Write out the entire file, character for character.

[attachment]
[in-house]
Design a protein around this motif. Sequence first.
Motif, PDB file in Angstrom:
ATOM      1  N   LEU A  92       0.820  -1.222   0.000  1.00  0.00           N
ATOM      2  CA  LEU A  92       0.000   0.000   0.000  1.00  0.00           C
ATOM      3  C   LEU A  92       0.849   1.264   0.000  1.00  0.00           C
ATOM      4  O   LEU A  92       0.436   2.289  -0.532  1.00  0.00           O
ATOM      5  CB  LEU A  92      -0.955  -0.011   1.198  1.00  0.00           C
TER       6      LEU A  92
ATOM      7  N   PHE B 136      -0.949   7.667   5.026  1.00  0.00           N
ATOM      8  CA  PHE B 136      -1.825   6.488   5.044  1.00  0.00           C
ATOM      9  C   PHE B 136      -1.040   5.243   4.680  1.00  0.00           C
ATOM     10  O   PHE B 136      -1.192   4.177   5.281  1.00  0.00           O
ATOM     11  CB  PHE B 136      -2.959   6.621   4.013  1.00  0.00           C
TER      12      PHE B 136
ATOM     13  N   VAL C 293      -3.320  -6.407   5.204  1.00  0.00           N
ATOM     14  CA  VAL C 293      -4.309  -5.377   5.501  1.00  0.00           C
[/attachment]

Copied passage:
[in-house]
Design a protein around this motif. Sequence first.
Motif, PDB file in Angstrom:
ATOM      1  N   LEU A  92       0.820  -1.222   0.000  1.00  0.00           N
ATOM      2  CA  LEU A  92       0.000   0.000   0.000  1.00  0.00           C
ATOM      3  C   LEU A  92       0.849   1.264   0.000  1.00  0.00           C
ATOM      4  O   LEU A  92       0.436   2.289  -0.532  1.00  0.00           O
ATOM      5  CB  LEU A  92      -0.955  -0.011   1.198  1.00  0.00           C
TER       6      LEU A  92
ATOM      7  N   PHE B 136      -0.949   7.667   5.026  1.00  0.00           N
ATOM      8  CA  PHE B 136      -1.825   6.488   5.044  1.00  0.00           C
ATOM      9  C   PHE B 136      -1.040   5.243   4.680  1.00  0.00           C
ATOM     10  O   PHE B 136      -1.192   4.177   5.281  1.00  0.00           O
ATOM     11  CB  PHE B 136      -2.959   6.621   4.013  1.00  0.00           C
TER      12      PHE B 136
ATOM     13  N   VAL C 293      -3.320  -6.407   5.204  1.00  0.00           N
ATOM     14  CA  VAL C 293      -4.309  -5.377   5.501  1.00  0.00           C